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People v. South





APPEAL from the Circuit Court of Sangamon County; the Hon. BEN K. MILLER, Judge, presiding.


The public defender represented defendant.

Conflict of interest under these facts?

No — we affirm.

South contends on appeal that he was denied the effective assistance of counsel because he was represented by the Sangamon County Public Defender while his alleged accomplice (who pleaded guilty and testified against South) was represented by an Assistant Public Defender of Sangamon County. Because this representation gave the appearance of a conflict of interest, the defendant maintains his conviction must be reversed.

We disagree.


• 1 In Sangamon County there is a designated "chief public defender," but he does not exert any supervisory control over the other eight assistant "public defenders" other than assigning the days that a public defender will be appointed the cases of the defendants arraigned on that day. He interviews the applicants for the assistant public defender positions and gives his recommendation to the presiding judge of the Criminal Division, but the circuit judges vote on who will receive the appointment to the positions. At one time he required the assistant public defenders to file reports indicating the number of cases they were appointed for each month, the amount of time spent on each case, and the disposition of each case, but this practice was stopped.

The public defenders in Sangamon County are solely responsible for their own cases. They do not appear for each other, discuss cases among each other, or exchange files with each other. Cases involving multiple defendants and public defenders are handled in the same fashion as cases in which private counsel is appointed. None of the public defenders have professional relationships with each other as they maintain their own private offices. They use their own respective private law firm stationery and do not have stationery designating themselves as public defenders. The only thing the public defenders share is their title and the services of an investigator. It seems apparent, then, that the office of the Sangamon County Public Defender is — in fact — a decentralized office.

In People v. Spicer (1978), 61 Ill. App.3d 748, 378 N.E.2d 169, our sister court held that a per se conflict of interest existed in the representation of defendant and a co-defendant by two separate assistant public defenders in a public defender's office. The defendant's counsel was charged with a commitment to the co-defendant by virtue of his affiliation with the office of the public defender. The court stated that the case must be viewed as though both defendants were represented by single counsel because when the public defender is appointed for an indigent in a criminal case, it is the office of the public defender that is appointed. The assistant public defenders discharge the duties and obligations of the public defender, but the public defender remains responsible for the acts and conduct of his assistants. The court also noted that representation of defendants with possible conflicting interests by separate assistant public defenders casts a shadow on the loyalty of counsel.

However, the evidence in the case at bench clearly indicates that the defendant received vigorous representation by his counsel without the hint of any division of loyalty. The assistant public defenders were independent from the public defender and each other. They shared neither offices nor information and were responsible for only their own cases. Not only were they decentralized, they were apparently related in name only.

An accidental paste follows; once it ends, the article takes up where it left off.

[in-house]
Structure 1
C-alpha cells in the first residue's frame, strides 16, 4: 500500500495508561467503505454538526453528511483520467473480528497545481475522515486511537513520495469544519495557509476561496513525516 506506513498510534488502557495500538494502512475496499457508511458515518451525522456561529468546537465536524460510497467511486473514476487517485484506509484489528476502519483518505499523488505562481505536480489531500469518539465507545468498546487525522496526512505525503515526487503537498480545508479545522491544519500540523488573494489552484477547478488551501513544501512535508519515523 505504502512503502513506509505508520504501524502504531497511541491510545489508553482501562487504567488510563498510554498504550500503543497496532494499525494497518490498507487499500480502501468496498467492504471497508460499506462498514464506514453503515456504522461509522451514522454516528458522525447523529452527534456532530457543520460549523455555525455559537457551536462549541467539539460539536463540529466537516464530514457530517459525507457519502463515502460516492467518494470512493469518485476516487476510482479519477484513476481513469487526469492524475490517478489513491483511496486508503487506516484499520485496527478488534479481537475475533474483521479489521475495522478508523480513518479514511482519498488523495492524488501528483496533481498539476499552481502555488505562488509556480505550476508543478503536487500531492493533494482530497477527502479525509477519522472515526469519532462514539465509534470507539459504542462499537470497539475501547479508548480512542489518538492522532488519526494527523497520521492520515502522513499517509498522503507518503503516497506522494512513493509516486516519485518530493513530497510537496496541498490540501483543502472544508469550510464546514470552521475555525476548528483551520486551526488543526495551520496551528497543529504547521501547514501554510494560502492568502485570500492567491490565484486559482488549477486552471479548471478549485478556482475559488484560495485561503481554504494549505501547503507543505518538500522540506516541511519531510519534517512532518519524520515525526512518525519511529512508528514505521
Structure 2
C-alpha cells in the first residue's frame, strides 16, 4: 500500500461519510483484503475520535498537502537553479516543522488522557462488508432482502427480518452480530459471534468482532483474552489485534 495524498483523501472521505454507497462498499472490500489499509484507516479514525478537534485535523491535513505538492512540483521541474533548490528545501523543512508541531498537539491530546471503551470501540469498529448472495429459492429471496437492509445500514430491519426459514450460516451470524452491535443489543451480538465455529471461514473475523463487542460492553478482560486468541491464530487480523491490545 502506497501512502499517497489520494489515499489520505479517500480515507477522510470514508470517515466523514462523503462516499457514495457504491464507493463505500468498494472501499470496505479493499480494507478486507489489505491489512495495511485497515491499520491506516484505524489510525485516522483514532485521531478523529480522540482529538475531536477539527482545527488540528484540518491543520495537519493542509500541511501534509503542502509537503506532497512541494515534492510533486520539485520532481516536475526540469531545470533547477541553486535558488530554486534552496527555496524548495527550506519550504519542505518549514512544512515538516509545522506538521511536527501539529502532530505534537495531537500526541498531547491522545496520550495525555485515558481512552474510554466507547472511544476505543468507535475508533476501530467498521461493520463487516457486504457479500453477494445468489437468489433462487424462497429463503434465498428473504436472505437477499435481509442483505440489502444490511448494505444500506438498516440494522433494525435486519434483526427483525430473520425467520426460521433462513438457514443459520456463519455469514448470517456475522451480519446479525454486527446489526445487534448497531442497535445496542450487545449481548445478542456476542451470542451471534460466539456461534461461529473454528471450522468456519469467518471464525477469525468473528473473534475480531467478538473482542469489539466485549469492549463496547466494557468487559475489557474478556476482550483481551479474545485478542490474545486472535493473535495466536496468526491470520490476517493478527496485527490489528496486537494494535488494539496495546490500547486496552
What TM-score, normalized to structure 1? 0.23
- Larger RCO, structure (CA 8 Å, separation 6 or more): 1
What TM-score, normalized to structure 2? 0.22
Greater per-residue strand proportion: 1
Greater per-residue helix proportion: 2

Defendant asserts that the use of the common investigator by the public defenders and his use of cards identifying himself as the investigator of the office of the Sangamon County Public Defender creates the appearance of a single office. We view this as a de minimis factor. Although the Illinois Supreme Court in People v. Knippenberg (1977), 66 Ill.2d 276, 362 N.E.2d 681, found it was error for the State to use privileged communications between the defendant and the defense investigator, there was no breach of the attorney-client privilege in this case. No actual conflict of interest arose regarding the use of the investigator since South's attorney used the investigator to determine whether the co-defendant was going to testify against South and the co-defendant's attorney did not use the investigator for any purpose whatever. Furthermore, the investigator only reported to the public defenders who asked for information and then only that information which they had requested. We conclude that the investigator's limited involvement in this case did not create an appearance of conflict.

The dissenting justice contends that the "centralized" versus "decentralized" distinction is nonexistent. Although we recognize that the distinction was not created by the legislature, we are examining the office as it is and not as it should be. In fact, the Sangamon County Public Defender's Office which manifests the distinction could well be operating contrary to the law. However, the legality of that office is not presently before this court. The only matter that is before us and is at issue — raised for the first time on appeal — is whether South was denied the effective assistance of counsel.

The docket order recites "Attny. James P. Fox appointed as counsel for defendant South." The appointee was a duly licensed attorney and an assistant public defender. If his appointment as an assistant public defender was not valid, that would further indicate his independence. Since, in our view, neither an actual conflict of interest nor an appearance of conflict exists in this case, that issue is answered in the negative. By so holding we are not advocating the reorganization of public ...

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